On July 8, 2020, the Ontario Government proposed an overhaul of the Ontario Environmental Assessment Act (EAA) as part of the COVID-19 Economic Recovery Act, 2020 (Bill 197). For a review of the remainder of Bill 197, please see our July 2020 Blakes Bulletin: Building on Recovery: Ontario’s Infrastructure-Related Legislative Developments.
The proposed reforms are part of the government’s Made-in-Ontario Environment Plan (Plan), released by the Ministry of Environment, Conservation and Parks (MECP) in November 2018. Following the Plan, in April 2019, the MECP published a discussion paper, Modernizing Ontario’s Environmental Assessment Program, which outlined anticipated changes to the environmental assessment (EA) program, several of which are reflected in Bill 197.
Key features of Bill 197 include:
- Establishing a Project List: The current EAA applies broadly to significant public projects proposed by the provincial and municipal governments and, in a few cases, environmentally sensitive private projects, which are all referred to as undertakings. The proposed amendments would remove the reference to undertakings. Instead, projects requiring EAs would be identified in a regulation and referred to as “designated projects.” This project list approach would be similar to the approach in other Canadian jurisdictions, including the federal framework under Canada’s Impact Assessment Act. The government has not released draft regulations or indicated which projects would be included on the project list.
- Replacement of Class Environmental Assessments: Under the EAA, the class EA regime allows a proponent to obtain an EA in respect of a class of undertakings pursuant to an approved EA process that is less onerous than the process for an individual EA. Bill 197 would replace class EAs with a “streamlined” EA process that will be set out in the regulations. The streamlined process will apply to certain projects to be designated in the regulation. If Bill 197 is enacted, currently approved class EAs will continue to apply to undertakings in each class until each one is revoked and replaced by regulations setting out streamlined EAs for those projects. Non-streamlined EAs, which are currently referred to as individual EAs, will be referred to as “comprehensive” EAs under the proposed amendments. Current individual EAs will be deemed as comprehensive EAs if the amendments are enacted.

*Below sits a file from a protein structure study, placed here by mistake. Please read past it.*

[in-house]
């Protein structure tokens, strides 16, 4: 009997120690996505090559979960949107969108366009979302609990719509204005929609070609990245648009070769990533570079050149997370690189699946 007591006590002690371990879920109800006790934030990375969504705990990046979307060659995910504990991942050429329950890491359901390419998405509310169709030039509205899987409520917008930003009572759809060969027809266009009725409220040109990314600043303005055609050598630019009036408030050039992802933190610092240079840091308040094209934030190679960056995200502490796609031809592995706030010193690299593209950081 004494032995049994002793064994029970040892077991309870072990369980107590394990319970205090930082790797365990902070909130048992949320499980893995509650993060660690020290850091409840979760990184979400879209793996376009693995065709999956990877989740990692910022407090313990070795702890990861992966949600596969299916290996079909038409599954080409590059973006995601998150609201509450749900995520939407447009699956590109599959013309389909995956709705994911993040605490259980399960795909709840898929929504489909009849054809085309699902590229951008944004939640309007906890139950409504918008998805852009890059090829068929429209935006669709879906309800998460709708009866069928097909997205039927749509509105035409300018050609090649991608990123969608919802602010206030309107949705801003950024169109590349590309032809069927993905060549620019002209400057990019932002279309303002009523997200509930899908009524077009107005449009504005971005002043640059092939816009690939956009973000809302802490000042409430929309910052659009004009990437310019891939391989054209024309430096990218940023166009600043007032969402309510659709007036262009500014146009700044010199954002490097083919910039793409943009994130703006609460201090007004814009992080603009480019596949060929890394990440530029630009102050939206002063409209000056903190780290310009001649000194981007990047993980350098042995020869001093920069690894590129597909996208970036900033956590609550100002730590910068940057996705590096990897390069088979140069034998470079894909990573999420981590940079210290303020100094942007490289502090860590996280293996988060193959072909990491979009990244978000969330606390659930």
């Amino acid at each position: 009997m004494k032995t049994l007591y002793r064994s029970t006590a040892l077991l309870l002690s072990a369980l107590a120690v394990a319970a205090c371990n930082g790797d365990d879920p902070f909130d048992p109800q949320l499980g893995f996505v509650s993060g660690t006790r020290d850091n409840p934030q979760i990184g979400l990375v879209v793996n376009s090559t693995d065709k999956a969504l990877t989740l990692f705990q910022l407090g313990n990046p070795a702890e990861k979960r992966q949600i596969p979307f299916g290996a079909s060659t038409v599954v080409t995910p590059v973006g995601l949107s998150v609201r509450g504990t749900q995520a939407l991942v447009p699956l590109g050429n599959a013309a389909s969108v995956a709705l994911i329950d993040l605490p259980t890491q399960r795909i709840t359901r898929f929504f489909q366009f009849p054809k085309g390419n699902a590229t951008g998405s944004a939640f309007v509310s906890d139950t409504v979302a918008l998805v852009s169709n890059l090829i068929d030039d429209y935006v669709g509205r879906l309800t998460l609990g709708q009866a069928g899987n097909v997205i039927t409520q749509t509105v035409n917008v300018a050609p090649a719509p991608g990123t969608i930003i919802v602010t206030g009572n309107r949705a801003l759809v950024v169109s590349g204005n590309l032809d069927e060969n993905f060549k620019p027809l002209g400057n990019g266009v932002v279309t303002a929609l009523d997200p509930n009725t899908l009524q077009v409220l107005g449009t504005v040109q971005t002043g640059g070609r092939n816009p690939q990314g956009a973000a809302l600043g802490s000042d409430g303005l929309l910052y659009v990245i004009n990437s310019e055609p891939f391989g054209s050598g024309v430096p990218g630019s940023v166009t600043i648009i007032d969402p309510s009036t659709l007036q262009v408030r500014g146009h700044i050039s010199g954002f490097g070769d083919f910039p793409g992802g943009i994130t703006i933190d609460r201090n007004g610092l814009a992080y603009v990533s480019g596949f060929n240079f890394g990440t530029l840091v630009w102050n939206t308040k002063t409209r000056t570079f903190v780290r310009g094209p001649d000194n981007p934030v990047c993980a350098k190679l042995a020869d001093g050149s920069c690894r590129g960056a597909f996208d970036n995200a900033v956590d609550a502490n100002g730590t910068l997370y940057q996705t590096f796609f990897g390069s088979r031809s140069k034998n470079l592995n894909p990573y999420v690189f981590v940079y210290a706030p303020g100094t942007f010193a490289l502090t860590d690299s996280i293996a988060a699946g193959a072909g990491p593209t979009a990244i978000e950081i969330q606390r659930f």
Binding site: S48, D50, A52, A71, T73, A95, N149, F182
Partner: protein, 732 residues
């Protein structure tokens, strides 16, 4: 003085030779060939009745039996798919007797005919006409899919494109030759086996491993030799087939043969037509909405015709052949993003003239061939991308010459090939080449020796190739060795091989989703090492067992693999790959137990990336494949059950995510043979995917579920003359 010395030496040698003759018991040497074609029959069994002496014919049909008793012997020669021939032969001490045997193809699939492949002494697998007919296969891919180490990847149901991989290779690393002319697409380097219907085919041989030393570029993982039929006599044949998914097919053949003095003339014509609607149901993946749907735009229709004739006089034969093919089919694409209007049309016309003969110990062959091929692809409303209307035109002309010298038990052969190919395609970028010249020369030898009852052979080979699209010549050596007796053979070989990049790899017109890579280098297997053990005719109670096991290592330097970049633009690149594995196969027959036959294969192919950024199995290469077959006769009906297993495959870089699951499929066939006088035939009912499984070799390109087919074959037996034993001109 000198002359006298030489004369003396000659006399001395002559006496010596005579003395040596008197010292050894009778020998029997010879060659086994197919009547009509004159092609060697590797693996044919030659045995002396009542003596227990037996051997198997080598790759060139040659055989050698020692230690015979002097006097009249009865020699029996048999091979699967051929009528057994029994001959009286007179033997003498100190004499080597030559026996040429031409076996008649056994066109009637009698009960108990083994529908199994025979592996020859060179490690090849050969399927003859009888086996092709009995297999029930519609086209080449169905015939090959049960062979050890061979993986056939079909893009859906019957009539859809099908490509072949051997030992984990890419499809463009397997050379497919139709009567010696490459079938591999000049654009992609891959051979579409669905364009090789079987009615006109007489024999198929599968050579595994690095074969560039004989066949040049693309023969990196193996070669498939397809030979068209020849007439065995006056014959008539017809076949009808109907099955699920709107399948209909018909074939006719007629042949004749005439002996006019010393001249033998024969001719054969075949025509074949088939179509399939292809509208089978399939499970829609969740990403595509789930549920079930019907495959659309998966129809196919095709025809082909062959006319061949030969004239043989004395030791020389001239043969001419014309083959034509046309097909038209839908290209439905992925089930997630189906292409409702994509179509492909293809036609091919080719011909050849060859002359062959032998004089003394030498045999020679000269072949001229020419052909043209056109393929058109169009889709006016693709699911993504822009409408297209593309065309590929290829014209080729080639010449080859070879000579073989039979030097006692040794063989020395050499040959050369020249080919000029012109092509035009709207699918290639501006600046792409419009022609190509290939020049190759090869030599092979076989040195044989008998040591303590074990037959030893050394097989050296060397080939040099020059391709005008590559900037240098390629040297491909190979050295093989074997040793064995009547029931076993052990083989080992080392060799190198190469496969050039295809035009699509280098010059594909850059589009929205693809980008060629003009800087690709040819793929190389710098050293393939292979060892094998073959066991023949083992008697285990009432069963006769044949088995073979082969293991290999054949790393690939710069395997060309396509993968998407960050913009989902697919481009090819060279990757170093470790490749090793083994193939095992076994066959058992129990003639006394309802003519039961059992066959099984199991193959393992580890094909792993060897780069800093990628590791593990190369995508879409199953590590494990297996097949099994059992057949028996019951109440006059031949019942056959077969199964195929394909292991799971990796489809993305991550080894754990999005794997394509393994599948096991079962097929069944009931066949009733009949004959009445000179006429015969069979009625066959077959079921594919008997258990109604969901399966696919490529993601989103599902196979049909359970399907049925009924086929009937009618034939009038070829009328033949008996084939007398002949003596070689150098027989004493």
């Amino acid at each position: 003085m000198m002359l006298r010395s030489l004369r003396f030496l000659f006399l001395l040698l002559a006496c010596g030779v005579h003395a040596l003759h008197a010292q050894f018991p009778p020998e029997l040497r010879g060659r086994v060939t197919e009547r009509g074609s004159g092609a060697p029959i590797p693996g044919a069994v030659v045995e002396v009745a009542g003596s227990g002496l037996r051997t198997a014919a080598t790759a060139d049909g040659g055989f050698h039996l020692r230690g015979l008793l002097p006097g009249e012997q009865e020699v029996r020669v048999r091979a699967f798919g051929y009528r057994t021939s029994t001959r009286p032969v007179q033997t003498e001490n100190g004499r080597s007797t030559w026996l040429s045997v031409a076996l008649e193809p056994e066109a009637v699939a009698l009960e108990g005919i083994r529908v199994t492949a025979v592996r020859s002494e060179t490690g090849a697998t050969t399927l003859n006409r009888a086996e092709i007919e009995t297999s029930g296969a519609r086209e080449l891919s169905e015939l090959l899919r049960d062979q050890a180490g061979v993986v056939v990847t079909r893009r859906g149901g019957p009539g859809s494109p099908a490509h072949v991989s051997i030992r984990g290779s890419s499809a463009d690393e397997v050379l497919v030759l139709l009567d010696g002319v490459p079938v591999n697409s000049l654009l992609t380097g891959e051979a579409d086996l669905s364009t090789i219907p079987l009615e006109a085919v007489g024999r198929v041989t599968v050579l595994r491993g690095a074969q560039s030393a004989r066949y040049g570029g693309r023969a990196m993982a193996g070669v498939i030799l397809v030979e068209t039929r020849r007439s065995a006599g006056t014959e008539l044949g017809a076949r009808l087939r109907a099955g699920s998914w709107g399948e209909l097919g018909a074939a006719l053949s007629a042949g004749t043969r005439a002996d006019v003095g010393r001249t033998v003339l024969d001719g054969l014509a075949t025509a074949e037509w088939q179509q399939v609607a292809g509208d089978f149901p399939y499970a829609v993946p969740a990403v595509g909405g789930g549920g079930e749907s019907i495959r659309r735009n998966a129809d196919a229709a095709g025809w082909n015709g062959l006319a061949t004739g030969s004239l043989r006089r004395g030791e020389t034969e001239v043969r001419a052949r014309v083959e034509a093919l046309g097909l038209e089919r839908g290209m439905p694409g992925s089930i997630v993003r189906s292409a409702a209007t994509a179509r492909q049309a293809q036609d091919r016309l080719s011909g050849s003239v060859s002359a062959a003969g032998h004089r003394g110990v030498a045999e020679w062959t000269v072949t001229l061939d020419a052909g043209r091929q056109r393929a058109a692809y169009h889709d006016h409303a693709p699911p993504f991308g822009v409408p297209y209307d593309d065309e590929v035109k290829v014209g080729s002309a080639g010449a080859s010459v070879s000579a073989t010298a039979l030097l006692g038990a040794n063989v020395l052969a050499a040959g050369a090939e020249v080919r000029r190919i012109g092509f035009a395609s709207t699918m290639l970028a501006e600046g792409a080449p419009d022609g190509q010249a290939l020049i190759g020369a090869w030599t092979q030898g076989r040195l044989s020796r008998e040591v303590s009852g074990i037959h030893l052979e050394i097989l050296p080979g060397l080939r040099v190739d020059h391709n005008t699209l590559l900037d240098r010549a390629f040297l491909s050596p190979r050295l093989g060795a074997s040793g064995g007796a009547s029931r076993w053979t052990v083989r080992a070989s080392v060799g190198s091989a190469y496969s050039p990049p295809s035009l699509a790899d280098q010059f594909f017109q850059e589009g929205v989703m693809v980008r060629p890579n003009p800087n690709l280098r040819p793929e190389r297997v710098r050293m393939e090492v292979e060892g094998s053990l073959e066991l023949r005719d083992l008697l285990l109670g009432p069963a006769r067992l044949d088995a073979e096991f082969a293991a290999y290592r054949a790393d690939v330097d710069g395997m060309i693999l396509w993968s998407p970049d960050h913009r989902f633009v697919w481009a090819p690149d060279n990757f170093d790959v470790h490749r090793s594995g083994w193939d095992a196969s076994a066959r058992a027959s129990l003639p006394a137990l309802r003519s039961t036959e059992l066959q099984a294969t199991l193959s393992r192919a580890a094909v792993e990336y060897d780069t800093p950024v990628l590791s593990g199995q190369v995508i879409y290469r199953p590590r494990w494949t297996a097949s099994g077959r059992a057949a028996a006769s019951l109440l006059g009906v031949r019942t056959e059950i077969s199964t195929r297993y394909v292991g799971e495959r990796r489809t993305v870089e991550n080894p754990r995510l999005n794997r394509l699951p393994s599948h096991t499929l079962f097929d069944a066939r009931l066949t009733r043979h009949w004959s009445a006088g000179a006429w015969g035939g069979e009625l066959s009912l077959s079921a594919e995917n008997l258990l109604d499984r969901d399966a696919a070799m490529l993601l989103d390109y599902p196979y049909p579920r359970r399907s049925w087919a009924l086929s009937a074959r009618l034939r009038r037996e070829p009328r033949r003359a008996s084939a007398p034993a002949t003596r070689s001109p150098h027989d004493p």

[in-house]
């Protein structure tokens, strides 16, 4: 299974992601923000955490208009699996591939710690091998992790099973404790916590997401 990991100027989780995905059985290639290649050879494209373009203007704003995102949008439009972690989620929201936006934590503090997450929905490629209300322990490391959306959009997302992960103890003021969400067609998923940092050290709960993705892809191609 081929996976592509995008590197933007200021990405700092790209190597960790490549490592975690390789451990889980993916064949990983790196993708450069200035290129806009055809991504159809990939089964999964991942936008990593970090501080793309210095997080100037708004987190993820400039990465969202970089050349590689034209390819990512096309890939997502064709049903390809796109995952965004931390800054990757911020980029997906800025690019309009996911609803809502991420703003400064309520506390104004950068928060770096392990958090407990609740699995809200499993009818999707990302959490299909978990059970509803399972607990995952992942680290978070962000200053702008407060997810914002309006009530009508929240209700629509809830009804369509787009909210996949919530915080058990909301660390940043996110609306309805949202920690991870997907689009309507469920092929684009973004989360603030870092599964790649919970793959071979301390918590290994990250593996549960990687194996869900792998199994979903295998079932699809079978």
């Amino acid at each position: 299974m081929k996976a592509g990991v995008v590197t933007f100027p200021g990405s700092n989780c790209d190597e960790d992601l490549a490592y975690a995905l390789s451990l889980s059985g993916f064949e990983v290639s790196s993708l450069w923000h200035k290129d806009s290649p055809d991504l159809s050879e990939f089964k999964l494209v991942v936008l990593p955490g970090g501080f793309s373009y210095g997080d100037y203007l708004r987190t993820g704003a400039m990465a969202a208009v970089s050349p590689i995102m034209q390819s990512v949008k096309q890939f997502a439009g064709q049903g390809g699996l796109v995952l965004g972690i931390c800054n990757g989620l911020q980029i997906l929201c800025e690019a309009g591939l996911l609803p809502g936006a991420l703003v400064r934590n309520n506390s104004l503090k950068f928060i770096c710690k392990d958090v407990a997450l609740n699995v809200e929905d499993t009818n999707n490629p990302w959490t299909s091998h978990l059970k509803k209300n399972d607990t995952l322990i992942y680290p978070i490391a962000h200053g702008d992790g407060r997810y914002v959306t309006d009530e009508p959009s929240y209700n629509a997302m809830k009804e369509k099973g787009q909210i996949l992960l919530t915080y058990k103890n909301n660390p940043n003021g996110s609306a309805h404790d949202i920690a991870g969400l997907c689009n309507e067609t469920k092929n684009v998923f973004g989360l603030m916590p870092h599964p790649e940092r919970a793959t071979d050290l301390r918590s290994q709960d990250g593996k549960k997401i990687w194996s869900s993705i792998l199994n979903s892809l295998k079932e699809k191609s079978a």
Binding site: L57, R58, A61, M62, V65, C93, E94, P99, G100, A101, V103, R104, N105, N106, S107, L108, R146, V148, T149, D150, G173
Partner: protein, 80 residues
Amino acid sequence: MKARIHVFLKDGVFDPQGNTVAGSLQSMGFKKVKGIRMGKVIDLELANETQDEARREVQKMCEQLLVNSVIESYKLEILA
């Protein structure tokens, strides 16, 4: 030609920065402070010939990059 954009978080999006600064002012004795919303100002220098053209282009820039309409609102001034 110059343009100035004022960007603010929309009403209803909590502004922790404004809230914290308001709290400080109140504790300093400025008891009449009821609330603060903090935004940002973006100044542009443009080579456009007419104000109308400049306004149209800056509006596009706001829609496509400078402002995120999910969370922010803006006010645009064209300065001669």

- Changes to Ministerial Orders for Comprehensive Environmental Assessments: The EAA currently allows any person to request that the Minister of Environment (Minister) order that a project follow the more onerous individual EA process, instead of an approved class EA process. The Minister may also, by order, impose conditions on such projects. The proposed amendments would limit the timeframe in which the Minister could make such an order and would limit the grounds on which such a request could be made.
- Required Municipal Support for Landfills: The proposed amendments would require proponents seeking to establish a landfill site to obtain municipal support for the project from the municipality in which the landfill would be located, and from adjacent municipalities if the landfill would be within a certain distance from land authorized to be used for residential purposes.
- Standardized Terms of Reference: Under the EAA, proponents are required to submit terms of reference to outline the workplan for an EA for their project. The terms of reference must then be approved by the MECP. Bill 197 introduces language that clarifies the authority to create regulations prescribing requirements for terms of reference for categories of projects. The government has indicated it intends to create regulations standardizing terms of reference to be used by proponents where workplans will not vary significantly between projects within a sector.
- Harmonization Between Jurisdictions: Bill 197 would introduce changes to clarify existing provisions of the EAA that are intended to allow for harmonization and substitution where EA requirements from multiple jurisdictions apply to one project.
- Expiry Dates for Individual/Comprehensive Environmental Assessments: Bill 197 would amend the EAA to provide a 10-year expiry date for all individual (comprehensive) EAs that do not currently have an expiry date. Projects approved by the new streamlined EA process—that will replace class EAs—would also be given expiry dates.
Bill 197 passed its first reading in the legislative assembly on July 8, 2020. If ultimately passed, the amendments in Bill 197 will be phased in over time to allow for the development of new regulations that would be required to implement the changes to the EAA.
Bill 197 includes a provision that, if enacted, would retroactively exempt the proposed changes to the EAA from the minimum 30-day notice requirement and public participation process under the Environmental Bill of Rights. However, the government has indicated that it intends to consult with the public and Indigenous communities on new regulations under the EAA.
For further information, please contact:
Jonathan Kahn 416-863-3868
Grace Smith 416-863-3879
or any other member of our Environmental group.
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